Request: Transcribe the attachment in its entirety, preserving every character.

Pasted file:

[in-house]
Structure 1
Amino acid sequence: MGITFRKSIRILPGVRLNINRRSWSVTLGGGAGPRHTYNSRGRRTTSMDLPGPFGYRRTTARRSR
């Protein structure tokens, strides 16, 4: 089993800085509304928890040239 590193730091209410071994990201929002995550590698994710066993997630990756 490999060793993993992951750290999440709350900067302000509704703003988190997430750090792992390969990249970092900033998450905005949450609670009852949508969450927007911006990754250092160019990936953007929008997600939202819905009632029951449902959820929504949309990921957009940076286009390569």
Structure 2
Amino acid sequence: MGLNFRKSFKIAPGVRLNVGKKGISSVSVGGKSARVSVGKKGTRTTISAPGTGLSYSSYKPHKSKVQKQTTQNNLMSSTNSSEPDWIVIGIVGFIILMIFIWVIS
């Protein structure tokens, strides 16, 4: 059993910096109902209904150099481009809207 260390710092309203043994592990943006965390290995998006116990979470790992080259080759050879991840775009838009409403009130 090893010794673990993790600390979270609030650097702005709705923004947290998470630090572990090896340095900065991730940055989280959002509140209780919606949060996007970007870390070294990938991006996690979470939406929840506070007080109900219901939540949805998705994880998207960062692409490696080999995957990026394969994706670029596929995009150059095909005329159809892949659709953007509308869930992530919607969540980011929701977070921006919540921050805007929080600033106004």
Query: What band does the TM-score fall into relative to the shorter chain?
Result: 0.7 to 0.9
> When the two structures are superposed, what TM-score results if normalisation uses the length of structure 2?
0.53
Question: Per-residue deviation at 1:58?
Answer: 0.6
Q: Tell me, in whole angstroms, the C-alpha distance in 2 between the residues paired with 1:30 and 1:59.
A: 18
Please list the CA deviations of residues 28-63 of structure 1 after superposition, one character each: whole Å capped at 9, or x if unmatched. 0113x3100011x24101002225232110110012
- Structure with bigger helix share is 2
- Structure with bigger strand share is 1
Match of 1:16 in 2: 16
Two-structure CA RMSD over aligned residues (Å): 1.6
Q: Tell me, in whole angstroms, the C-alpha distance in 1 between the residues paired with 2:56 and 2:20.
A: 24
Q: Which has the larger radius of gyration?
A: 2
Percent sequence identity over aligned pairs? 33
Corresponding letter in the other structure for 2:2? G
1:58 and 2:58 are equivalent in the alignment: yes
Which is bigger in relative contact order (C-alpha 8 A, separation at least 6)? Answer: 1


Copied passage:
[in-house]
Structure 1
Amino acid sequence: MGITFRKSIRILPGVRLNINRRSWSVTLGGGAGPRHTYNSRGRRTTSMDLPGPFGYRRTTARRSR
């Protein structure tokens, strides 16, 4: 089993800085509304928890040239 590193730091209410071994990201929002995550590698994710066993997630990756 490999060793993993992951750290999440709350900067302000509704703003988190997430750090792992390969990249970092900033998450905005949450609670009852949508969450927007911006990754250092160019990936953007929008997600939202819905009632029951449902959820929504949309990921957009940076286009390569």
Structure 2
Amino acid sequence: MGLNFRKSFKIAPGVRLNVGKKGISSVSVGGKSARVSVGKKGTRTTISAPGTGLSYSSYKPHKSKVQKQTTQNNLMSSTNSSEPDWIVIGIVGFIILMIFIWVIS
């Protein structure tokens, strides 16, 4: 059993910096109902209904150099481009809207 260390710092309203043994592990943006965390290995998006116990979470790992080259080759050879991840775009838009409403009130 090893010794673990993790600390979270609030650097702005709705923004947290998470630090572990090896340095900065991730940055989280959002509140209780919606949060996007970007870390070294990938991006996690979470939406929840506070007080109900219901939540949805998705994880998207960062692409490696080999995957990026394969994706670029596929995009150059095909005329159809892949659709953007509308869930992530919607969540980011929701977070921006919540921050805007929080600033106004």
Query: What band does the TM-score fall into relative to the shorter chain?
Result: 0.7 to 0.9
> When the two structures are superposed, what TM-score results if normalisation uses the length of structure 2?
0.53
Question: Per-residue deviation at 1:58?
Answer: 0.6
Q: Tell me, in whole angstroms, the C-alpha distance in 2 between the residues paired with 1:30 and 1:59.
A: 18
Please list the CA deviations of residues 28-63 of structure 1 after superposition, one character each: whole Å capped at 9, or x if unmatched. 0113x3100011x24101002225232110110012
- Structure with bigger helix share is 2
- Structure with bigger strand share is 1
Match of 1:16 in 2: 16
Two-structure CA RMSD over aligned residues (Å): 1.6
Q: Tell me, in whole angstroms, the C-alpha distance in 1 between the residues paired with 2:56 and 2:20.
A: 24
Q: Which has the larger radius of gyration?
A: 2
Percent sequence identity over aligned pairs? 33
Corresponding letter in the other structure for 2:2? G
1:58 and 2:58 are equivalent in the alignment: yes
Which is bigger in relative contact order (C-alpha 8 A, separation at least 6)? Answer: 1